Intravenous and local steroid use in the management of dysphagia after anterior cervical spine surgery: a systematic review of prospective randomized controlled trails (RCTs)

Intravenous and local steroid use in the management of dysphagia after anterior cervical spine surgery: a systematic review of prospective randomized controlled trails (RCTs)

Jingwei Liu, Yiqi Zhang, Yong Hai, Nan Kang, Bo Han

November 2018, pp 1 - 9
DOI
10.1007/s00586-018-5840-5
First Online: 30 November 2018
Abstract

Purpose

To conduct a high-level systematic review of the literature to evaluate intravenous and local steroid use in the management of dysphagia after anterior cervical spine surgery.

Methods

We searched the database PubMed, EMBASE, Clinical key, the Cochrane library and Wiley Online Library without time restriction using the terms ‘dysphagia’ or ‘odynophagia’ or ‘swallowing disorder,’ ‘steroid,’ ‘anterior cervical spine surgery.’ Randomized controlled trails (RCTs) were selected, and effects of intravenous and local steroids were investigated from these studies.

Results

The initial search yielded 67 citations. Six of these studies met the inclusion and exclusion criteria. All of them were prospective RCTs which were evaluated as level 1 evidence. One study found that perioperative intravenous steroid use is not effective in reducing severity of early postoperative dysphagia after one-level ACDF, while five studies suggested that perioperative intravenous and local steroid use seemed to be more effective on reducing incidence and severity of early dysphagia after multilevel ACSS. One double-blinded study still found that locally administered depomedrol on a collagen sponge significantly decreases early dysphagia incidence and severity after ACSS using low-dose BMP.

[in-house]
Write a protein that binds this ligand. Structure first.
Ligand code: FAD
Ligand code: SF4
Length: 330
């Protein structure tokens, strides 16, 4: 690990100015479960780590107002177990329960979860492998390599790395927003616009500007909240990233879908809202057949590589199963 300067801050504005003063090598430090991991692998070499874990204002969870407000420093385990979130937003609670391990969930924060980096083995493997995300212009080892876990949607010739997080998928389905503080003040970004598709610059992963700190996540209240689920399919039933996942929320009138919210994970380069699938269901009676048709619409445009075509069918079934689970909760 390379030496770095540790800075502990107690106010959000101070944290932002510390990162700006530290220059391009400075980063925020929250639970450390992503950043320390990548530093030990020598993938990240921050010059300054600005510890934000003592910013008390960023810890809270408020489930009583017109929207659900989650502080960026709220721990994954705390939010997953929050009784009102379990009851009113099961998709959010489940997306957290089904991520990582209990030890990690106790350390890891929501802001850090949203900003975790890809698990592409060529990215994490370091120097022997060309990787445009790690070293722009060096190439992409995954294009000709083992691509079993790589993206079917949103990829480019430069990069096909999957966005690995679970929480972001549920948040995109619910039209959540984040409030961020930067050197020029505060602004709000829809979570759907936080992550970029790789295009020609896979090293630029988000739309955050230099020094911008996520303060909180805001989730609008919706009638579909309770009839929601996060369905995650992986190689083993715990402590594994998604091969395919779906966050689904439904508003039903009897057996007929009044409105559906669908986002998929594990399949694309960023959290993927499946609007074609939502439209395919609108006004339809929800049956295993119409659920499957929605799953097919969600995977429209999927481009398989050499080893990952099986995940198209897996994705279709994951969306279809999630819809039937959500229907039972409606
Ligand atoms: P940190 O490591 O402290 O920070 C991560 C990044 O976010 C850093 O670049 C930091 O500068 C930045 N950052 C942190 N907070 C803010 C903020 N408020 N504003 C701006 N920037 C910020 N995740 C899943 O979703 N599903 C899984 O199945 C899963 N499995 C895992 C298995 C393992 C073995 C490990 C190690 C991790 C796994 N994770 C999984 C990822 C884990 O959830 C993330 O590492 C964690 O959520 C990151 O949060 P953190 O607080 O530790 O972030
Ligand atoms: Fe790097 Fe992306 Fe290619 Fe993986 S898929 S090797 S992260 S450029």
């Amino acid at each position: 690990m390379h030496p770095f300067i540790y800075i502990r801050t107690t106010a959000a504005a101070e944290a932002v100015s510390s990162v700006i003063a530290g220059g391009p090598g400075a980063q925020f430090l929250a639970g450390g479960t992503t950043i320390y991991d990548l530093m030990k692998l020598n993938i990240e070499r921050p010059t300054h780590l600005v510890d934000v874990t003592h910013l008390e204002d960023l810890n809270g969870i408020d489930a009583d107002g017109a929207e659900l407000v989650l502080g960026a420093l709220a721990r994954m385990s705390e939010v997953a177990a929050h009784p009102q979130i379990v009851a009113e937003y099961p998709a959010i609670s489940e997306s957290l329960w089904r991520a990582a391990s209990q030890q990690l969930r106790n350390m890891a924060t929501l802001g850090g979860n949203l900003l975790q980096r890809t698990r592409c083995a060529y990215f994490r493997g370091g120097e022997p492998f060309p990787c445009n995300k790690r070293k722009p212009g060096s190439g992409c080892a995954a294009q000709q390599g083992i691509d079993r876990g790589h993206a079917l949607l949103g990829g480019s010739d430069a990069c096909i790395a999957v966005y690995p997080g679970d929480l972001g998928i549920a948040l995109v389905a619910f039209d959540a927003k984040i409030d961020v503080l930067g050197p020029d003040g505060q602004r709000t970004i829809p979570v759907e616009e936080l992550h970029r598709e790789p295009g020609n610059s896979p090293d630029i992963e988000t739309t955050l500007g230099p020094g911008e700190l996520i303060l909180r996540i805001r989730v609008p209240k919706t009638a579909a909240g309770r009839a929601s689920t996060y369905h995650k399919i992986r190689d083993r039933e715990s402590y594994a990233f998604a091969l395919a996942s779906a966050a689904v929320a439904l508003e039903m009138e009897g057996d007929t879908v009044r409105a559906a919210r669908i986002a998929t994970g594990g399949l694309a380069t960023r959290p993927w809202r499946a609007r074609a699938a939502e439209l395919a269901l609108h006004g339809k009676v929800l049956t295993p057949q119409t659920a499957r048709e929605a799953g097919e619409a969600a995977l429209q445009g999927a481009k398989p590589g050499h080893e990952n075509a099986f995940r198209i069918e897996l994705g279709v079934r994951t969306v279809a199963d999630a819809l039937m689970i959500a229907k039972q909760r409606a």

Conclusions

Perioperative intravenous and local steroid use could reduce incidence and severity of early dysphagia after ACSS postoperatively, especially for multilevel surgeries. For the patients underwent revision surgery or at high risk for pseudarthrosis having to use BMP during surgery, locally administered depomedrol on a collagen sponge was suggested to decrease early dysphagia incidence and severity after ACSS.

Graphical abstract

These slides can be retrieved under Electronic Supplementary Material.[Figure not available: see fulltext.]